US superflashers will not get UK tax break

Image copyright CC BY-SA 3.0 Image caption Shapps says it will cost £10m in travel costs for UK’s 5 million foreign visitors each year

Travel by British tourists to the UK will no longer be subsidised by the taxpayer if travel carriers return to a no-flimsy box on its seat shell, a former Tory minister has said.

Sir Oliver Letwin told MPs the UK is “trying to get out of the hole in which we find ourselves” on the issue.

In July, he clashed with Transport Secretary Chris Grayling over the issue.

A BBC investigation earlier this year found journeys to and from the UK by international tourists are costing passengers too much.

A report published last month found round trip tickets from China to London were costing up to £450, compared with £100 for a coach.

One trip from Shanghai to London took 10 hours, if the passengers were seated in the outside seats of the Chinese coach.

Mr Letwin, who was appointed by Theresa May to do a review of how to keep the cost of travel to the UK as low as possible, added: “We do not need to make travel costs deductible from the entitlement to reside here (as the previous Labour government did) until at least 2022.

“We will have more choice on travel costs and better quality transport to help achieve that objective.”

His comments were challenged by fellow Tory MP Jamie Reed, a chair of the Commons Transport Committee.

He warned that with demand for holiday travel increasing, travellers would need more options – and that the travel route network would be need to be improved.

Image copyright GETTY Image caption Transport Secretary Chris Grayling and former minister Sir Oliver Letwin were at loggerheads on the issue

‘The driver and the bumper’

A recent report by the group Passenger Focus, for example, criticised budget airline EasyJet for imposing seat checks which used seat shavings, and called for more alternatives.

Sir Oliver questioned whether seats inspected by an “executive chair and a bumper” would be good enough for the types of passengers flying from China.

He said airlines should be thinking “a long, long way out from the focus groups” when it came to the question of whether to allow a line for the traveller to purchase a seat without help.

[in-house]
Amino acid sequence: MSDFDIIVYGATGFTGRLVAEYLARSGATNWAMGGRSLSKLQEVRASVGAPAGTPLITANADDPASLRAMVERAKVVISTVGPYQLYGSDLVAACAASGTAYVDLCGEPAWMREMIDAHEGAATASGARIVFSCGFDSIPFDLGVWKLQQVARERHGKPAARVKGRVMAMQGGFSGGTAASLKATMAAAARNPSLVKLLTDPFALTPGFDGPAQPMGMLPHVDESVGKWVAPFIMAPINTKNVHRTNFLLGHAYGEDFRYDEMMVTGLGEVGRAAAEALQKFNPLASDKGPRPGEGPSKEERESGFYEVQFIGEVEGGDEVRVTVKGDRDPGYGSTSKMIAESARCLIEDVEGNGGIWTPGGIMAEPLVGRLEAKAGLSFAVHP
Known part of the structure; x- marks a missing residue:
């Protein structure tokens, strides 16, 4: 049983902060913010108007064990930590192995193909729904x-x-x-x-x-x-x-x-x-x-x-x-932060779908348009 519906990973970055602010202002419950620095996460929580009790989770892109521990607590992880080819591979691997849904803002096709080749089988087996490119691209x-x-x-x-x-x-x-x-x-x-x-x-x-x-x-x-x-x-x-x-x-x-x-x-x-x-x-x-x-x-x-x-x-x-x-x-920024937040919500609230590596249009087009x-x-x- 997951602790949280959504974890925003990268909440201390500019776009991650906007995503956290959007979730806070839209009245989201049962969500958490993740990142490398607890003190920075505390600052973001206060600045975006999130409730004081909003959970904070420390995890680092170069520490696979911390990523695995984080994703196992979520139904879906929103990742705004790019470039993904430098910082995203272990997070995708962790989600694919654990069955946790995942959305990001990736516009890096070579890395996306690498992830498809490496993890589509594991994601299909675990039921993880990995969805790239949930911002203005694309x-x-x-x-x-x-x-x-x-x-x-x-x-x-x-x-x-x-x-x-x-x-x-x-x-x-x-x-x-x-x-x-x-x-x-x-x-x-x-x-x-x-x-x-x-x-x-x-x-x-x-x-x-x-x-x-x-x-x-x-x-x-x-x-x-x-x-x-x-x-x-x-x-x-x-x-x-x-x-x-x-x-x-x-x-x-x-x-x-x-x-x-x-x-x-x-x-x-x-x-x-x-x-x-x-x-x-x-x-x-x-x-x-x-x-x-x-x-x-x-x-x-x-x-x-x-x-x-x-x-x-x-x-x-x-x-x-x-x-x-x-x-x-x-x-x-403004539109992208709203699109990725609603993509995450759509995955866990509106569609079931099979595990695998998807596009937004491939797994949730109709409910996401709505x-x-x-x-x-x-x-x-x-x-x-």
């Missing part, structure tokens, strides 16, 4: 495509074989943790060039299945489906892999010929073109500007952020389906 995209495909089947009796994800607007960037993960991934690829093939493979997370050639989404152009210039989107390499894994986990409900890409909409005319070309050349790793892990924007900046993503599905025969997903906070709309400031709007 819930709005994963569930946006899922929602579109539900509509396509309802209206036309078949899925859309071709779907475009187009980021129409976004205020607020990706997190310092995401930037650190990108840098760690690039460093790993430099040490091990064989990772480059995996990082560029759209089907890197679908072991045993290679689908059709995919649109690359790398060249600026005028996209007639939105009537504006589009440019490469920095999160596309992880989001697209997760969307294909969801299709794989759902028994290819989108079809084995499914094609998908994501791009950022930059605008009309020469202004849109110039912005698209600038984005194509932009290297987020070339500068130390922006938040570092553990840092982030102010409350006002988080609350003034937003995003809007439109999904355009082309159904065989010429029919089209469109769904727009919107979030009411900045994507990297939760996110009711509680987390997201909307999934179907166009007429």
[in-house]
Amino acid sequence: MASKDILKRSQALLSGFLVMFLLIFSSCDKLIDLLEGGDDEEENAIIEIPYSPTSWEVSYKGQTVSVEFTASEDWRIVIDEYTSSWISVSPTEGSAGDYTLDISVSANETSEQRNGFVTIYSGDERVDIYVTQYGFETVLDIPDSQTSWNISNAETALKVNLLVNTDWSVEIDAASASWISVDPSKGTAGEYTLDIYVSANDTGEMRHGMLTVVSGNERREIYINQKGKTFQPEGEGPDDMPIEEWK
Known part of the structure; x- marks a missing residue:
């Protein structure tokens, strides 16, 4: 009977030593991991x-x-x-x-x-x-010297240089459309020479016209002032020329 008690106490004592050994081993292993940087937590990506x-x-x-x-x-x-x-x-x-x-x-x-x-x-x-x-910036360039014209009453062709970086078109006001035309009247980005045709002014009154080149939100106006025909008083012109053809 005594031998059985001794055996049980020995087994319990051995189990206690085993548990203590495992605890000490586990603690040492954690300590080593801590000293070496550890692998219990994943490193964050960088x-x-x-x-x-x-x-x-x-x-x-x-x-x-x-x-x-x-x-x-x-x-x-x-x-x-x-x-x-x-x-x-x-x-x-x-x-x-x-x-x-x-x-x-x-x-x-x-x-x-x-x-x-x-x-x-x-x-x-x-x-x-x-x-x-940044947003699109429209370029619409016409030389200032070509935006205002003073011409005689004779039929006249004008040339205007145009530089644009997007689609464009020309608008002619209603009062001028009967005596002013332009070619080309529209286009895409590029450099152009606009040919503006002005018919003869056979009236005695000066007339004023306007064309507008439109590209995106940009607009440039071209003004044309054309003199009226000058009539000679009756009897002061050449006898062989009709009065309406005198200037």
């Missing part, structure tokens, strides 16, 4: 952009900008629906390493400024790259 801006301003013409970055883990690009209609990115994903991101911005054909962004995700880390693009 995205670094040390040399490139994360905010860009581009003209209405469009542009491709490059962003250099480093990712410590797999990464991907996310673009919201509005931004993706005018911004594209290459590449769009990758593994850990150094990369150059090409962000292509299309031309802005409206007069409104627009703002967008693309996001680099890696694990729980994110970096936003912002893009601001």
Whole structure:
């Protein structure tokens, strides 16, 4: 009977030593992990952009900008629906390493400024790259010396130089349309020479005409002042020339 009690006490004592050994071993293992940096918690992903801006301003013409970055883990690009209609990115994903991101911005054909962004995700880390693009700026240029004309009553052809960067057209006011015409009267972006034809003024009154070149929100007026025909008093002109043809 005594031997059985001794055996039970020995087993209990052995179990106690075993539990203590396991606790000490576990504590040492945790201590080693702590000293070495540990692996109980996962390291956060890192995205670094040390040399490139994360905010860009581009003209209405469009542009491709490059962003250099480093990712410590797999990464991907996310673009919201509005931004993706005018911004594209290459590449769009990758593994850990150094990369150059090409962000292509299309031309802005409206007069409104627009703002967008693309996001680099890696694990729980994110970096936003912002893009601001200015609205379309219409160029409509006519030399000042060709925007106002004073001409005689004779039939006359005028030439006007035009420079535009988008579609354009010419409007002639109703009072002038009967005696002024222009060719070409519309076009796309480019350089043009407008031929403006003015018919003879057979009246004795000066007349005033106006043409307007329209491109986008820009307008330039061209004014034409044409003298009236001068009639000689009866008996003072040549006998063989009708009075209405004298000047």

“I don’t think you should have a position of always having seats for the driver and the bumper.

“What we need to look at is how we provide choice on that service.

“We don’t need to extract the driver and the bumper as a driver and a bumper.”

The Cabinet Office said the review of travel by British visitors had “already identified a range of solutions to challenges which are difficult to solve”.

The 2017/18 budget includes £10m to help to implement the recommendations.

Figures from the International Passenger Survey published by Transport for London in June found that the number of flights per person on an international bus or coach, including holidays and business trips, was 14.5 times the number on a passenger flight in 2014-15.

The report said demand for short-haul travel in London was growing at twice the rate of the national economy.

Image copyright Getty Images Image caption At Heathrow airport, fewer than half of the seats had forward armrests

But Heathrow Airport hit back, telling the BBC last month that the figures do not take into account the partial privatisation of the transport network and “the historic domination of the airline industry”.

The UK’s largest airport has a new US shuttle service, and has also recently increased capacity on shorter routes.

The airports and bus industry generally come under fire for their prices.

Of the 7.4 billion journeys made by UK passengers last year, a quarter of them were by bus, according to Transport for London (TfL).

Only one in three passengers were able to get a seat which faced the most direct sight, a figure that has remained constant over the past 20 years.

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